Flyers-Penguins: The NHLs Hottest Team Versus Its Most Rested

Flyers-Penguins: The NHLs Hottest Team Versus Its Most Rested

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The NCAA Tournament has been a welcome distraction from the
misery that is the pro sports landscape in Philadelphia, and in particular the
Flyers who have been idle the entire time. Tonight Orange & Black attempts
to reel us back in as the club renews its intense rivalry with the Pittsburgh
Penguins.

Amazingly enough, the time off did not damage the Bullies’
playoff chances significantly more than they had already managed to do
themselves. The Flyers were five points back of the eighth seed after losing to
the Tampa Bay Lightning last Monday, and they remain five points back entering
the matchup with the Pens. Meanwhile, the games played column finally evened
itself out, to the point where most of the Eastern Conference have actually
passed Philly.

As bad as this season has been, the Flyers are still in
control of their own destiny. It’s only a question of whether they can
capitalize.

They begin to form their answer in Pittsburgh against the
hottest team on ice. The Penguins have yet to lose in the month of March,
riding an 11-game winning streak to a comfortable 12-point lead in the Atlantic
Division and first place in the East. They have also tied the Chicago
Blackhawks for the most wins in the NHL with 24, and are three points removed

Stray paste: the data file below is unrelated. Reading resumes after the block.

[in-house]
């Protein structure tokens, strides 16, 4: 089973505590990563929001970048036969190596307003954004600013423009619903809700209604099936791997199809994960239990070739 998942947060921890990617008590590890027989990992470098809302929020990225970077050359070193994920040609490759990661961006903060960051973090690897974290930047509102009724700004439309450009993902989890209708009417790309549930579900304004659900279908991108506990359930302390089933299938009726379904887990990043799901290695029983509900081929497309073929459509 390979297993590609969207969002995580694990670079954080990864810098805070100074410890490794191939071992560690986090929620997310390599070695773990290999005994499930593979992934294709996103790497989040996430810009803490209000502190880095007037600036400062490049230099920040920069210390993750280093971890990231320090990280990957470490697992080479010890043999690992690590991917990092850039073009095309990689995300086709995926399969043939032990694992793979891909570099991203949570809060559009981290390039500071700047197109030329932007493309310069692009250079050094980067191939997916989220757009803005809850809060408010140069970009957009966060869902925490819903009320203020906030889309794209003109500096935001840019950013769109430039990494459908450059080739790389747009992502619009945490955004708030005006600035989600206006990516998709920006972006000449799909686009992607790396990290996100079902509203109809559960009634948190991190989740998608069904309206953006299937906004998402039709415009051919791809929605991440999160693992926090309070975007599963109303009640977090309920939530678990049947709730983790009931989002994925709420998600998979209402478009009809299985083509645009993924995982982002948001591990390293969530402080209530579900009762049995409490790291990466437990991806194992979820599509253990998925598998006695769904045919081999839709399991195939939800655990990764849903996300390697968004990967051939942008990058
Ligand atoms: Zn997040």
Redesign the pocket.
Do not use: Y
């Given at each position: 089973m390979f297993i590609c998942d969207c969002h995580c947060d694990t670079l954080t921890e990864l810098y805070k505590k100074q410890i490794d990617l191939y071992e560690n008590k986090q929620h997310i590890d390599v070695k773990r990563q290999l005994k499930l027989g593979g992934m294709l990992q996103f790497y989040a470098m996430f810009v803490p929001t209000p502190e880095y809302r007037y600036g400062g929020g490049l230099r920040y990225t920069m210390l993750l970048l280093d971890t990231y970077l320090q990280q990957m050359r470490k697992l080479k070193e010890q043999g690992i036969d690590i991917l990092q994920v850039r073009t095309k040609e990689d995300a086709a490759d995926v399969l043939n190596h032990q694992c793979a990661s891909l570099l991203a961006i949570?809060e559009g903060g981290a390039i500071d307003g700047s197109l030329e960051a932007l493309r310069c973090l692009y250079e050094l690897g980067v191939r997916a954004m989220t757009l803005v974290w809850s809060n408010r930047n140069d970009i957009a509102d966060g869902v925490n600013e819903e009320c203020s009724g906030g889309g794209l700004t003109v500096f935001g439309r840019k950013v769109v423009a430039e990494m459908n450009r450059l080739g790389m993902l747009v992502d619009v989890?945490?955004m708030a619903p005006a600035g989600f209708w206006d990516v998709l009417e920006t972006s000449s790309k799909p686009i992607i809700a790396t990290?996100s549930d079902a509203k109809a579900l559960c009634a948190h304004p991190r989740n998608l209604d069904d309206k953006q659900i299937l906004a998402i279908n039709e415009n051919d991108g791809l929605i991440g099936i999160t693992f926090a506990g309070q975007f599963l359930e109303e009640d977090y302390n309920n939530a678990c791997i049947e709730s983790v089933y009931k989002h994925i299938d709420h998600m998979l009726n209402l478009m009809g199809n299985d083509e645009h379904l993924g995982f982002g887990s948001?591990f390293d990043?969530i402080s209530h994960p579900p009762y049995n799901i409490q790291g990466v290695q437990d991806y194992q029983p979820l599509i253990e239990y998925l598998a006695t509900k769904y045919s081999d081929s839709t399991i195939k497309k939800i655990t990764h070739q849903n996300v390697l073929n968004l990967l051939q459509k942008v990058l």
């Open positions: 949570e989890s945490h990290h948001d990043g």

from claiming ownership of the best record in the league.

The Pens are getting the job done on both ends. They are
averaging four goals per game during the streak, and have not allowed more than
two in a tilt over the last seven. What’s more, they’ve been without Evgeni
Malkin for two weeks now as the 2011-12 MVP takes care of a shoulder injury.
High-scoring defenseman Kris Letang has recently become unavailable as well.

Speaking of injuries, Tim Panaccio reports Danny Briere will
not be in uniform for the Flyers. Briere suffered an upper-body injury in practice
last week, and is expected to be replaced by Harry Zolnierczyk, which is about
as detailed as the news gets. It hasn’t been a productive season for Danny to
say the least, but you would rather have him in the lineup than not.

Of course, a bunch of this stuff –injuries, trends, the
standings – flies right out the window whenever these two teams square off, as
tends to happen with any good rivalry. Little has been predictable about their
recent encounters, other than the action typically is going to get wild.

In their last meeting, the Flyers stormed out to a 4-1 lead,
looking absolutely dominant in every phase of the game. The Penguins turned the
tables on them in the second period, and had the score knotted up before
heading back into the dressing room. A quick goal in the third period proved to
be enough, lifting Pittsburgh to a huge comeback victory, and the third W of
their current streak. It also gave them a 2-1 series lead for the season.

There is one statistic that has held up through this rivalry
so far however, that being Philly’s record at CONSOL Energy Center. Including
playoffs, the Flyers are 8-2 in the Penguins’ building.

The Flyers have fresh legs, but what they really need is a
fresh outlook moving forward. The season is not quite lost yet like many
expected it would be coming out of the five-day break, and earning two points
in Pittsburgh could make a statement.